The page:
This is one of the disconnects that keeps progressive movements on the margins. My guess is that there are millions of people like the low-wage workers and the ex-marines who don't need to be enlightened about
injustice. But very few would have anything to do with current social change movements, and under most circumstances would keep their distance from the apparently educated and articulate elite that seem to determine the
anti-establishment agenda....Even if I discovered significant disagreement on issues I really care about, that should not impede my efforts to build alliances and work in coalitions with [working class poor] people. After all, my
disagreements with the engineers of [working class people]'s fate--the managers, bosses, legislators, and assorted other middle-class professionals--are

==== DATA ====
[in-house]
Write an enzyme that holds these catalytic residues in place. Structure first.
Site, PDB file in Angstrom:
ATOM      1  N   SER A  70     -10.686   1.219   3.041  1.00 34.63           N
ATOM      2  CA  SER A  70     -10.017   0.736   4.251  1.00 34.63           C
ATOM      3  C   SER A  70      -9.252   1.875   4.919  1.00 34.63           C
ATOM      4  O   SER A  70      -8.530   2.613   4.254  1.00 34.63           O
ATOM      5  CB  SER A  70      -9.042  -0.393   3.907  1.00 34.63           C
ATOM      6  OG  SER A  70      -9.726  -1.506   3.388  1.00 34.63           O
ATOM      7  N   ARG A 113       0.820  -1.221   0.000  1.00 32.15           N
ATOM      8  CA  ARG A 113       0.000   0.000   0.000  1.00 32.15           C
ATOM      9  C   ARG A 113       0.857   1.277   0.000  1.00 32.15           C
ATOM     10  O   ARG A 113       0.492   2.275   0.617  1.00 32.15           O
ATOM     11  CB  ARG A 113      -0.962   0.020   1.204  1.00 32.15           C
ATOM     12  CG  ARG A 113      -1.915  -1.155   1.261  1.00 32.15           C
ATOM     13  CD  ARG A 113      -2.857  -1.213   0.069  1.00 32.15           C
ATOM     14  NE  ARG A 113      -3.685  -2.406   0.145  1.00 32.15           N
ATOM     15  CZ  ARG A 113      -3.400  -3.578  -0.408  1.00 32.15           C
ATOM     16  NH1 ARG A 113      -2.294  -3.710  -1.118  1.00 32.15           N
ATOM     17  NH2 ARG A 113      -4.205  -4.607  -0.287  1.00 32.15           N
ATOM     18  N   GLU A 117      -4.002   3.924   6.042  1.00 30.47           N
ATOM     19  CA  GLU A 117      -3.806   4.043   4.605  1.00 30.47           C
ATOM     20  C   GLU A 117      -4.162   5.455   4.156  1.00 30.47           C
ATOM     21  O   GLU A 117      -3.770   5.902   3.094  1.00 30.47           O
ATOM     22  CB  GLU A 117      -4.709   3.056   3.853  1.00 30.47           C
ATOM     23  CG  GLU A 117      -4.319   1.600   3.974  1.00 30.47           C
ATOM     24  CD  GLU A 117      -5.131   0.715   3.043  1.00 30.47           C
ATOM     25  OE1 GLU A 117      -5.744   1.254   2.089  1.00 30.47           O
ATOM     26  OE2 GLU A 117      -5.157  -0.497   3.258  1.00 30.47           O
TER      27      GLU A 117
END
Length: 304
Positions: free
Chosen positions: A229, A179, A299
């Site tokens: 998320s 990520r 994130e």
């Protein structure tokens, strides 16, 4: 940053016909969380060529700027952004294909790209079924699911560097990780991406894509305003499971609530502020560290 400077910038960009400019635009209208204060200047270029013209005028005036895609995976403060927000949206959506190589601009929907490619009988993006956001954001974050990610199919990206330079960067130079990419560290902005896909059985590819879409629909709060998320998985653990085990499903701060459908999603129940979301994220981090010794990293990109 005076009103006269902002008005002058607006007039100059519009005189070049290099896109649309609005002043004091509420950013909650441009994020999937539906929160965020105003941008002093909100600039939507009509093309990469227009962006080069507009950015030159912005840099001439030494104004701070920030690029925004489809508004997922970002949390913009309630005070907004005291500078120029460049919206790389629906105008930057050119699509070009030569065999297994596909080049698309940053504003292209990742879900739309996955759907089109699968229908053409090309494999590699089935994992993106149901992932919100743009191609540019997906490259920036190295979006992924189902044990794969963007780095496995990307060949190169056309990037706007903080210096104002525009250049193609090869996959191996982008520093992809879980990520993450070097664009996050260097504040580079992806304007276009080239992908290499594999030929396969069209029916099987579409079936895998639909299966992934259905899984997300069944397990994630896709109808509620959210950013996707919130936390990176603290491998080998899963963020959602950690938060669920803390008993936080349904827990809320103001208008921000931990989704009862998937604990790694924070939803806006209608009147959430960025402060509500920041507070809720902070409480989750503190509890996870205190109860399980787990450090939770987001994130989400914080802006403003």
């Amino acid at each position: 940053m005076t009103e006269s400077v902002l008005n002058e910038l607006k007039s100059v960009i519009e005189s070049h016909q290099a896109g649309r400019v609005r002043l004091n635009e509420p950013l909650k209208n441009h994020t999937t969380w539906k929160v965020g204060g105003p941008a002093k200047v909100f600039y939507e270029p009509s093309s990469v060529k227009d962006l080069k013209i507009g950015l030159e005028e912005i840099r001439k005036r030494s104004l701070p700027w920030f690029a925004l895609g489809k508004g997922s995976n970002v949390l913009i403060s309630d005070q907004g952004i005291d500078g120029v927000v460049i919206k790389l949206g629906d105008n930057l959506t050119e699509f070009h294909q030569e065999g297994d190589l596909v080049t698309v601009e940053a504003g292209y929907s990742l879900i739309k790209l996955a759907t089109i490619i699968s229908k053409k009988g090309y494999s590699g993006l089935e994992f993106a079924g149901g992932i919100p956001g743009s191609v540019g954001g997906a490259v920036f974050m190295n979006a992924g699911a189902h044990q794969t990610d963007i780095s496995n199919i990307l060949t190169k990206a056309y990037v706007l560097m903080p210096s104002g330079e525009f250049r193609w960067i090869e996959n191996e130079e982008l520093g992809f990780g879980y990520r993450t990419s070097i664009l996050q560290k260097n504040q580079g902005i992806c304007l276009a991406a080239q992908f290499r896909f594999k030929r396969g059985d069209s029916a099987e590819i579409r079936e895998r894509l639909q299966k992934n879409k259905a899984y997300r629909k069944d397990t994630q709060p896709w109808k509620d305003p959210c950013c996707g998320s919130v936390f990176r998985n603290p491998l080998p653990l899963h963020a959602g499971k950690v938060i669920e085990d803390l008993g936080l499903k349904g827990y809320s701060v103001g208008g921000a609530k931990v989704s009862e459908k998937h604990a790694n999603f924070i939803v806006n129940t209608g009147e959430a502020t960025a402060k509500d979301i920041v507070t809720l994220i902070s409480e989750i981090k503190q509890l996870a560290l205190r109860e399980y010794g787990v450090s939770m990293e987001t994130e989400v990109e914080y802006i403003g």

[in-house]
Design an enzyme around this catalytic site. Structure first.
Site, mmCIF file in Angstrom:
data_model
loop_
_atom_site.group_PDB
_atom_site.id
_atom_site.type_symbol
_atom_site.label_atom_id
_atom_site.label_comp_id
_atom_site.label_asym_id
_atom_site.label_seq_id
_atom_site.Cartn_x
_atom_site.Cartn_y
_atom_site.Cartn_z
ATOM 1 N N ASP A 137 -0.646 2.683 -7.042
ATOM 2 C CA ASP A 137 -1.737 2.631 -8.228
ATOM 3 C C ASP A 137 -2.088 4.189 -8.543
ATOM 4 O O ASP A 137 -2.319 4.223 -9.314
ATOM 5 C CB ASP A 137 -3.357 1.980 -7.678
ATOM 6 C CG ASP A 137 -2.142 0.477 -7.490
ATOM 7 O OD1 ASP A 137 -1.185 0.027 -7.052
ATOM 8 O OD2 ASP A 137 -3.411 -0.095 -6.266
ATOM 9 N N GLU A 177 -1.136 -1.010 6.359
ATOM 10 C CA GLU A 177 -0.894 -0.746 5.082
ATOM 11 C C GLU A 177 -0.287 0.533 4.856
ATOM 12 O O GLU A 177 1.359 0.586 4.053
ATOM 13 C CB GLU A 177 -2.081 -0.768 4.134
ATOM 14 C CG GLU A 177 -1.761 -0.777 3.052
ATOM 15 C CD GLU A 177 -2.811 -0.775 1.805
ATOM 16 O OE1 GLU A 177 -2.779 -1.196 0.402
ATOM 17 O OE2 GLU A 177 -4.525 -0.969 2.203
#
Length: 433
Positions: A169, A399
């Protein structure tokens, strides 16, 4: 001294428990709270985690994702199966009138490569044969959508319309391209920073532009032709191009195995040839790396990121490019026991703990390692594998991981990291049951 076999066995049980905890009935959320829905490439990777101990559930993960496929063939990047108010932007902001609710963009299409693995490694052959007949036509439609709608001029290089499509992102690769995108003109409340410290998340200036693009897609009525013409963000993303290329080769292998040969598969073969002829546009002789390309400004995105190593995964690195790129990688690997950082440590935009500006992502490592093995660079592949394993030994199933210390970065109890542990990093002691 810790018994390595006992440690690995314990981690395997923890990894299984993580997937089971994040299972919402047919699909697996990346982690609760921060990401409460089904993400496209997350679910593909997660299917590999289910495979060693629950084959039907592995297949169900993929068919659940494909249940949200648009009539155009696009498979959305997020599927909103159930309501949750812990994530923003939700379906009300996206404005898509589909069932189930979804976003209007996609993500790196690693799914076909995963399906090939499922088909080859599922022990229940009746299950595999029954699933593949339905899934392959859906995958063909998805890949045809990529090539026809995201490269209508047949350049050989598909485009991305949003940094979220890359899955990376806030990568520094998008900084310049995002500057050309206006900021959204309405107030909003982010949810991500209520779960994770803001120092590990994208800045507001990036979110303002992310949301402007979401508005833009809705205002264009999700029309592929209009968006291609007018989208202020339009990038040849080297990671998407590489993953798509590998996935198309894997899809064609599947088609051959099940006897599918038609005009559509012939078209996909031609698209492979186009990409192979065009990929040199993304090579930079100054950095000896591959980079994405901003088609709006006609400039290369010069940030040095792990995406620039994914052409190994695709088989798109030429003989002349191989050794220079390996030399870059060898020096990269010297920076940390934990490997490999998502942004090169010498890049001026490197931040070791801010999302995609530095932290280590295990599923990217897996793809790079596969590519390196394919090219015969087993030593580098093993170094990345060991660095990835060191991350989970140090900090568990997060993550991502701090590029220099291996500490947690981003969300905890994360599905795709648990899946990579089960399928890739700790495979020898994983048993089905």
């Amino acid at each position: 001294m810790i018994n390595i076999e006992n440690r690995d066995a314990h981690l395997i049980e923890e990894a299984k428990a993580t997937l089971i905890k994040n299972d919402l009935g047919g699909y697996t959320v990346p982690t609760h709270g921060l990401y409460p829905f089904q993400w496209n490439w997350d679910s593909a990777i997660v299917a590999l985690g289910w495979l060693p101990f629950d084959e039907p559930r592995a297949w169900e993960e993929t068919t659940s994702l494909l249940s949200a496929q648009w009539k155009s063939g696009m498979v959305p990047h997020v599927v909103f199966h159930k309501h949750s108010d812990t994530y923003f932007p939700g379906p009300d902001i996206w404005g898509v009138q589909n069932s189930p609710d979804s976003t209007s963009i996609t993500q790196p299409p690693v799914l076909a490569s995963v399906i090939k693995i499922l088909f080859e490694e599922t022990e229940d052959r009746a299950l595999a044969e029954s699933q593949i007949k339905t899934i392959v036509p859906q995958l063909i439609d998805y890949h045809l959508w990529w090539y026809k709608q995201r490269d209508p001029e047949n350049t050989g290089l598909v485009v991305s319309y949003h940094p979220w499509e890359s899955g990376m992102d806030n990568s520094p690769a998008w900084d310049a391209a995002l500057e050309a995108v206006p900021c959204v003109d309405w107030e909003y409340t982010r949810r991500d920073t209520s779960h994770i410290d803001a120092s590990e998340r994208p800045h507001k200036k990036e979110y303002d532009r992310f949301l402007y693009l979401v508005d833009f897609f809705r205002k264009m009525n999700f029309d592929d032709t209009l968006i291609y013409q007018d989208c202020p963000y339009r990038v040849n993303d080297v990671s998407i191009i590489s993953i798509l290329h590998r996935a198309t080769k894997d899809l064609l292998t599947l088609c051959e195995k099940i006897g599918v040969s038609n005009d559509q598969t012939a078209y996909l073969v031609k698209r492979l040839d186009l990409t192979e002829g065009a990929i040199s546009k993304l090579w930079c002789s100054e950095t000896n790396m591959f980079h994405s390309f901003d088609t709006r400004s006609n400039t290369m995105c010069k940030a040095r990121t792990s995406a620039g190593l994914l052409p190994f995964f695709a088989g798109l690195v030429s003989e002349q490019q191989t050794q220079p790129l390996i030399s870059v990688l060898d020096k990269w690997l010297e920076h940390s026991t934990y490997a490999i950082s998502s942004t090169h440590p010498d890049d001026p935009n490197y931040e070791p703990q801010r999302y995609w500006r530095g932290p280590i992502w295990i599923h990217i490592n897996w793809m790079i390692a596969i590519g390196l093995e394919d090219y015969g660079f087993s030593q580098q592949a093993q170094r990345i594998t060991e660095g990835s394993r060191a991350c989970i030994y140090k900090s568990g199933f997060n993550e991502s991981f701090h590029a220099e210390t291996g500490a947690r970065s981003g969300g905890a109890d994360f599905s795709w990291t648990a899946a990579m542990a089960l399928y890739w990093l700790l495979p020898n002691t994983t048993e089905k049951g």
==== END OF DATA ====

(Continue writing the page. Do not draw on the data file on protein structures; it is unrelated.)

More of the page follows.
at least as significant, yet I am part of an anti-war movement that
never gives up courting them. There are possibly millions and millions of people whose trust of us will not climb along with the New York Times's, but in fact is probably inversely related. We don't need credibility from institutions that safeguard elite interests. We need credibility from the legions of people that have already given up on these institutions. Their numbers
are growing. Are we talking to them? More importantly, are we listening?